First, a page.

WTI $35.44 -5c, Brent $38.32 +48c, Diff -$2.88 +53c, NG $1.77 -7c
By Malcolm Graham-Wood
Oil is around 50-80c up this morning pushing Brent to within 64 cents of the magic $40 mark which at the moment is still my year end expectation….Whether crude stays firm may well depend on Thursday when the virtual Opec+ meeting called by current President Algeria, takes place. With the KSA pinning its colours to the mast, ie an extension until the end of the year and Russia intimating in recent comments that it would prefer a 1 month extension I suspect that only the former would keep the upward pressure intact…
Between then and now of course we have the inventory stats where analysts are forecasting a build of around 3m barrels, in itself that wouldnt be so bad in what is about the worst time of the year for stocks. Its Tuesday so it’s retail gasoline day and unsurprisingly prices continue to rise albeit modestly. The USA average price for a gallon of gasoline is now $1.974, up marginally w/w and a more significant 18.5c m/m, but still 83.3 cents lower than this time last year at the beginning of the driving season.
Ascent has received a court ruling with regard to the requirement for an EIA in order to re-stimulate the PG-10 and PG-11A wells in which the ruling is that an EIA is required. The company is already in the process of beginning preparations for submission of an EIA alongside the stimulation and field development planning which was recently kicked off.
To be honest the new permitting improvements seem to be already having an impact given how quickly this appeal was closed out which is good for everyone, indeed I am sure that EIA’s are a normal part of such business and I would be surprised if the company wasn’t already on the case. Indeed this is a new era for AST and all will benefit from processes being brought in and indeed maybe justifying the legal claim.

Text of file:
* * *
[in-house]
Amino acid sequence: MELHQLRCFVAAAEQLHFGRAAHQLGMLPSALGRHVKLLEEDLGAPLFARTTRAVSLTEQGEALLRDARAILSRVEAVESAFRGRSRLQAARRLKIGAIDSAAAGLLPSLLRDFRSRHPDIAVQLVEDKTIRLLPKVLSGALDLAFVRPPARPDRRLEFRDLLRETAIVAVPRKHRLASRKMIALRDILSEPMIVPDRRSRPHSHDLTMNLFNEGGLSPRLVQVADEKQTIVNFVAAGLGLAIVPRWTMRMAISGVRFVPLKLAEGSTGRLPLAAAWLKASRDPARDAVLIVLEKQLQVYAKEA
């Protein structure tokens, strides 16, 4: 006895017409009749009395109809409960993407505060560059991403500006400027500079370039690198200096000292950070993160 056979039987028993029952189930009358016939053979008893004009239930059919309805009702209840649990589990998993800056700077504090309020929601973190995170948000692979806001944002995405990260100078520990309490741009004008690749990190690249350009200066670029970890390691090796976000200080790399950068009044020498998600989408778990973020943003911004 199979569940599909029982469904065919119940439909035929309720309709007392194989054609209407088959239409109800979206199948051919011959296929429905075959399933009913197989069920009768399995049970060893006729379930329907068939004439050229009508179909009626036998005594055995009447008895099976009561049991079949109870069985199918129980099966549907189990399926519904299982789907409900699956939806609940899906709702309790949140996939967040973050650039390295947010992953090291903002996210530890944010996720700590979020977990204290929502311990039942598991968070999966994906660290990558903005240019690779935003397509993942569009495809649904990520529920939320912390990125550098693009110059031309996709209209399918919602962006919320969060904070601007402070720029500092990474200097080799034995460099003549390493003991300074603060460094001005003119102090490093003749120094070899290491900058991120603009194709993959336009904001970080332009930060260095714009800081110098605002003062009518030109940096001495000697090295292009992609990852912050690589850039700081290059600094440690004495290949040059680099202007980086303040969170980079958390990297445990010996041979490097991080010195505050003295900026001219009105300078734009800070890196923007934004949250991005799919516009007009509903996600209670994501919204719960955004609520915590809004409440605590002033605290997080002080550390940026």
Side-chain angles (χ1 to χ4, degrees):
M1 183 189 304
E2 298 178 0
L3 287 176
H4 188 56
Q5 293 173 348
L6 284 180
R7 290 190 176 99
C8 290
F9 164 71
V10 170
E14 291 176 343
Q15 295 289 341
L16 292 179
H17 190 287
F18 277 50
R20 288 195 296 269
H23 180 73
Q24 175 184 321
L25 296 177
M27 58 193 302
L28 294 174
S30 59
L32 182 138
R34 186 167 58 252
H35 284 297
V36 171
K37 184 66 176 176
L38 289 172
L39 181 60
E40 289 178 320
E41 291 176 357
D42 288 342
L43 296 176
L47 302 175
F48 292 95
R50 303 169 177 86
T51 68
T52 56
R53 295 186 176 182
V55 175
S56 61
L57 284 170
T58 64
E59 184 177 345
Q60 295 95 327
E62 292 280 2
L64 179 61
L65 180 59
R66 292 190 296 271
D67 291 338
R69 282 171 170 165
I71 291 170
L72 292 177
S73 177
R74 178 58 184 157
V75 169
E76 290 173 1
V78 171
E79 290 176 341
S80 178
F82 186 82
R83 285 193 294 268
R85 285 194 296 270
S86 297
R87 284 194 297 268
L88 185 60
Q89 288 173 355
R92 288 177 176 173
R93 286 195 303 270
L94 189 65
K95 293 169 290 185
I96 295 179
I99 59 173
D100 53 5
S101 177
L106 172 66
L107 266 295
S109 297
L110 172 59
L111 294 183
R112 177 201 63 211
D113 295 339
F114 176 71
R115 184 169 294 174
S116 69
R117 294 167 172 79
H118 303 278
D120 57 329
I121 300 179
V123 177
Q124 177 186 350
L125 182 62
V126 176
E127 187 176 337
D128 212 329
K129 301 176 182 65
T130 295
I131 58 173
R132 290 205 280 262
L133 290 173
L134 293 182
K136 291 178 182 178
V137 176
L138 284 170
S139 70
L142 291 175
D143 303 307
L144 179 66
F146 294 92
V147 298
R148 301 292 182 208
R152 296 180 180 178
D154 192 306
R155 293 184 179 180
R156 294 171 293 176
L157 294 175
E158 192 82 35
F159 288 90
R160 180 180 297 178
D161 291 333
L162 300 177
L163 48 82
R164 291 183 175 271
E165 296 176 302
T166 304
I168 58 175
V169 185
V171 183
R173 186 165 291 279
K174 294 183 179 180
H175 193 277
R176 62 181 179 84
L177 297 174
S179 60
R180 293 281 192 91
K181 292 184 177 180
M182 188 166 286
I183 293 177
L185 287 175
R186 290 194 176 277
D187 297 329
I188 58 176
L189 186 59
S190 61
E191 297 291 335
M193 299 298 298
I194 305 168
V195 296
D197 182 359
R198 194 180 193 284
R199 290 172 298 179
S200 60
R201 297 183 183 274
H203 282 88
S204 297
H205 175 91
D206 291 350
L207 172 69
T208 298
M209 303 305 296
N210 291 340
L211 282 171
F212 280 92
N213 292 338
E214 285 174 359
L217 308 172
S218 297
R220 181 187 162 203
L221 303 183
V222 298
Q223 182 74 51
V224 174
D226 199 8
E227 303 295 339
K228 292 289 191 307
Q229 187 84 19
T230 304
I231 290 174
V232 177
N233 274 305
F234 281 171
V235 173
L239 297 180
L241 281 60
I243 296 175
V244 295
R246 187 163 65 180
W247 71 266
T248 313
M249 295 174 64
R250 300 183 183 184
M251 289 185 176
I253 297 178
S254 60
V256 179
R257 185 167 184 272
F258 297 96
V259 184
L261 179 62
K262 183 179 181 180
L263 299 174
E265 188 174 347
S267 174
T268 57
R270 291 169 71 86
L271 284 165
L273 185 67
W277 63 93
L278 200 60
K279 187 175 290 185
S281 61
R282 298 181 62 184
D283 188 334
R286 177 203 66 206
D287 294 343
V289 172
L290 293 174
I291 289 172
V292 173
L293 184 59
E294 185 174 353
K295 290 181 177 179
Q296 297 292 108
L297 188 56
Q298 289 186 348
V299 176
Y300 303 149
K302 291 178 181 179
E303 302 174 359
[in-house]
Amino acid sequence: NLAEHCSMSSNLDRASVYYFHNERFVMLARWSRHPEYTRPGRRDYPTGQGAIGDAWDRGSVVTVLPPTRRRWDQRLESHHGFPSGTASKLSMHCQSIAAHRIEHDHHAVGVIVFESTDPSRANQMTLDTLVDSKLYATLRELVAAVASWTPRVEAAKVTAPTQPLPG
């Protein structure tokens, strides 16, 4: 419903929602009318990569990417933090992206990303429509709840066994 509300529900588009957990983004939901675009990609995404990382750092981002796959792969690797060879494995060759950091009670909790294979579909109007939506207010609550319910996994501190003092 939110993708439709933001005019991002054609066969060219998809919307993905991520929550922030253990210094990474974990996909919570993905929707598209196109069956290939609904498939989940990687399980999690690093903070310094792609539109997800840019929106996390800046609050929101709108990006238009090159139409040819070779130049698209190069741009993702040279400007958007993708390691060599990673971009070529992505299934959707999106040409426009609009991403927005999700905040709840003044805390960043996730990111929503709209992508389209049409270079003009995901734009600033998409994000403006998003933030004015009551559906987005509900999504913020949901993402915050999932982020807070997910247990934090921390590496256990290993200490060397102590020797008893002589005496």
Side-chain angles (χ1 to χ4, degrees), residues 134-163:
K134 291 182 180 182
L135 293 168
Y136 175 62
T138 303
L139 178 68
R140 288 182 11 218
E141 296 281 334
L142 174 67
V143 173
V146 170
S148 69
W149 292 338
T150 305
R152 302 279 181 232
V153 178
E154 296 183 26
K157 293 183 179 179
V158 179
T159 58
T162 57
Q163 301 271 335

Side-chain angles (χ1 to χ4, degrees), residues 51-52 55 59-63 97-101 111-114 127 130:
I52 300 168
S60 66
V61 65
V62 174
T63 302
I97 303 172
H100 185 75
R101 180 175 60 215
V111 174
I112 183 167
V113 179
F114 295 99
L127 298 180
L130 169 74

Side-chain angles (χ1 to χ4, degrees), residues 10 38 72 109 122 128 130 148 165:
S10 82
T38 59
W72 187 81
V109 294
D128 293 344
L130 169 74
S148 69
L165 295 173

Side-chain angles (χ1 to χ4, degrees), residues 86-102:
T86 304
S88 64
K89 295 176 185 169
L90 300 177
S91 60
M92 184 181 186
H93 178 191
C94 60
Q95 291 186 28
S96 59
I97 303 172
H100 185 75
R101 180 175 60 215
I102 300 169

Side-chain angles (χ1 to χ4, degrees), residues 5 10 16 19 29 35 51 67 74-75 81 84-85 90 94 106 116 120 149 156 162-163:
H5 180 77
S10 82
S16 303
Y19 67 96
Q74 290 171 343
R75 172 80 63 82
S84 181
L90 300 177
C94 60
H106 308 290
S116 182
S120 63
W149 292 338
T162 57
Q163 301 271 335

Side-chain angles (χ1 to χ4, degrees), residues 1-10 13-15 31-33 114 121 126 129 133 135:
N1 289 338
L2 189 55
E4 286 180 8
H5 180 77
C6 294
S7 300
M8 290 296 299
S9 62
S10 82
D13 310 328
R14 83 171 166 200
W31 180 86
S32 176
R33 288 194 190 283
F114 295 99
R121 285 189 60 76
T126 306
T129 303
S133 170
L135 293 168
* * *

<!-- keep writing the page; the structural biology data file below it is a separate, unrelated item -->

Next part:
Overall these are looking like interesting times at Ascent. The Company is rapidly becoming a diversified play with huge upside in Slovenia (access either via the legal claim or a more traditional industrial route) albeit slow to monetise, combined with a new and exciting portfolio emerging in Hispanic America.
The timing of the Cuban entry is smart (if the US elections don’t go Trump’s way, it could be a significant turning point for Cuba!) and the need for a second leg to the portfolio is demonstrated nicely with today’s EIA news.
This is one to watch. Phoenix out of the ashes and all that….
An update this morning from Gulfsands which I still feel has the chance in the longer term to provide significant upside for the patient in search of a ten bagger or similar. Post the Covid-19 pandemic the company has undertaken a thorough assessment of all aspects of its operations even though the virus has had no specific revenue effects on the business.
Even so the company has implemented various capital efficiency measures to ensure it ‘survives and thrives’ when the crisis is over. These actions include permanent and temporary measures such as salary cuts for all staff and directors to assist the group. Gulfsands MD John Bell commented “2019 was a year of considerable progress as we simplified the Group and focused the business on our core asset, Block 26 in North East Syria, where net 2C contingent resources increased from 77.4 million boe to 83.7 million boe. Block 26 has the capability of producing for over 20 years at above 50,000 boepd from existing discoveries with a very low cash break-even, as well as having significant potential upside. We have reduced costs and are well funded for the medium term as re-entry planning gathers pace.”
This gives a good idea of the massive potential from Syria for GPX could be in the longer term, also I’m quite surprised that they have found much more in the way of ‘efficiency measures’ as it has been one of the tightest run ships in the sector in recent years.
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Disclaimer: Malcy’s Blog is provided for general information about the international oil and gas industry and the companies that operate within it. It does not constitute investment advice and Malcy does not buy or sell shares, warrants or bonds in any company written about within the blog. Information is taken from publicly available sources and any comment is that of the author who does not take any third party comment in the publication.
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